A survey on public perceptions of whistleblowing in Macedonia was conducted by the Regional Cooperation Council in 2017. A representative sample of 1,000 people answered a range of questions on the issue.
SCOOP Macedonia was one of the organizers of last year Whistleblower day in Skopje. SCOOP is part of Southeastern Europe coalition for whistleblower protection.
The survey reveals the strong need for improved public education and awareness on the benefits of whistleblowing and the importance of protecting whistleblowers from retaliation, particularly in the workplace.
Far fewer people than the regional average – only 41 percent – said people should be supported for reporting serious wrongdoing by revealing inside information. Thirty percent said people should be punished for doing so. This is nearly double the regional average and significantly higher than any other economy surveyed.
Only 36 percent of respondents surveyed said they would feel personally obligated to report wrongdoing within their organisation – far lower than the regional average.
Only 1 in 3 respondents said managers are serious about protecting whistleblowers. This coincides with a 2015 survey by Transparency International Macedonia in which 2 of 3 employees said they would face consequences for reporting misconduct.
Thirteen percent of respondents said the media should never be used as a reporting channel for whistleblowers – nearly double the regional average. The low level of media freedom could contribute to this view. Freedom House says Macedonian media is “partly free,” ranking it 125 of 199 economies. Among 42 European economies, only Turkey ranks lower. Reporters without Borders says more than half of journalists censor themselves. The South East European Media Observatory says the government funds media organizations to the point of “misuse” and “corruption,” creating “a network of servile media outlets that report in its favour.”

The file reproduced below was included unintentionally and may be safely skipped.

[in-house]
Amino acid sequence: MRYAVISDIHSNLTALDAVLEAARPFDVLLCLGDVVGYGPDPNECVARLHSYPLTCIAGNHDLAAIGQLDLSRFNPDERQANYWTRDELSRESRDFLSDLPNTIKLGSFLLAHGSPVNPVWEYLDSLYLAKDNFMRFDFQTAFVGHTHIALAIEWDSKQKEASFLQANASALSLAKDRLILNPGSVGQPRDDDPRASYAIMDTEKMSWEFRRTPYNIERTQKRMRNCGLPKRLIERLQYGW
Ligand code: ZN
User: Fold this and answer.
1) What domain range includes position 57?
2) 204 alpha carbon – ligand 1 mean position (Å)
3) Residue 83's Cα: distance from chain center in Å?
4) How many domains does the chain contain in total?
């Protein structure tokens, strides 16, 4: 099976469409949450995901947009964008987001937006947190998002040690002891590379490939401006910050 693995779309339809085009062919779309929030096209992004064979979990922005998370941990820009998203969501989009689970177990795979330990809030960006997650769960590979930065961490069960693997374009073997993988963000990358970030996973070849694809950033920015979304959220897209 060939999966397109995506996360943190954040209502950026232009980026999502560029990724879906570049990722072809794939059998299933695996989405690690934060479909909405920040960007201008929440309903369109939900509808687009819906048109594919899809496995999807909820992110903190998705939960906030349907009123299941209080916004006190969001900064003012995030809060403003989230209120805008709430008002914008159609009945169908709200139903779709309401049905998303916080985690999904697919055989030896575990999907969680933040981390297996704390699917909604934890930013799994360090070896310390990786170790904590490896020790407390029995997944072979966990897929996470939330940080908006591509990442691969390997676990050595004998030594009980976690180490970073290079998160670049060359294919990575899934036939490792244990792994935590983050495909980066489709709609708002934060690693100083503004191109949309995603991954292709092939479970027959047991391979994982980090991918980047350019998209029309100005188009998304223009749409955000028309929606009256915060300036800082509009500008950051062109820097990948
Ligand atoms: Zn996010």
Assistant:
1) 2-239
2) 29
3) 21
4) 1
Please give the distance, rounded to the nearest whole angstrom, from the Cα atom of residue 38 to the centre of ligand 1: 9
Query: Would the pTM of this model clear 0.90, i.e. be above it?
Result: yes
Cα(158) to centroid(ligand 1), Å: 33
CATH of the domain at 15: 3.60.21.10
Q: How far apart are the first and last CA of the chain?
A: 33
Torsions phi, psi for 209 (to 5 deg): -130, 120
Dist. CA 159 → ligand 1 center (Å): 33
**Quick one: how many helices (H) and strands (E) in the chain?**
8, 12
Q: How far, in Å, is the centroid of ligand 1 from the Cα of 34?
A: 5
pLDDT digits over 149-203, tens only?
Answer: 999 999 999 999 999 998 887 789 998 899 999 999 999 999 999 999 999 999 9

Compared regionally, people in Macedonia have a favourable view of their government. In a 2015 survey of seven economies, it ranked first or second in the region in citizens believing the government fights corruption effectively and follows the law. It ranked near the top in citizens’ perceptions of the transparency of public services, and the prevalence of bribery and abuse of power by public authorities.
Notwithstanding these views of citizens, the European Commission has been critical of official anti-corruption efforts. It said these efforts “lack visibility,” and authorities have failed to investigate serious allegations against senior public officials.
In a 2013 survey of seven Balkan economies, more than 20 percent of people who had paid bribes said the most important reason for not reporting their personal corruption experiences to authorities is because they considered the payments a sign of gratitude. Fewer than 10 percent of bribe-payers said the reason for not reporting is because bribing is a common practice. This suggests citizens do not consider bribery and corruption as significant problems, which could serve to explain their apparent lack of support for whistleblowing.
Situation in other Balkan countries
Albania: 68 percent of people said whistleblowers should be supported. This is tied for the highest figure among the seven countries. More than half said they have a personal obligation to report wrongdoing, and that managers are serious about protecting whistleblowers.
BiH: Only 49 percent of people – far fewer than the regional average – said whistleblowers should be supported, and only one-third are confident something would be done if they reported wrongdoing within their organization.
Croatia: 68 percent of people said whistleblowers should be supported. This is tied for the highest figure among the seven countries. Yet, 44 percent – higher than the regional average – said it is generally unacceptable to blow the whistle.
Kosovo: Three-fourths of people – far higher than the regional average – said a report would be met with a response, and that managers are serious about protecting whistleblowers. Two-thirds said whistleblowers should be supported.
Montenegro: Only one-fourth of people believe whistleblowing is generally acceptable, only 4 of 10 said whistleblowers should be supported, and more than 20 percent – higher than the regional average – said they should be punished.
Serbia: More than one-third of people – higher than the regional average – do not know whether whistleblowing is generally acceptable, or whether whistleblowers should be punished. Only one in five people – far less than the regional average – said the most effective way to stop wrongdoing is by contacting the authorities.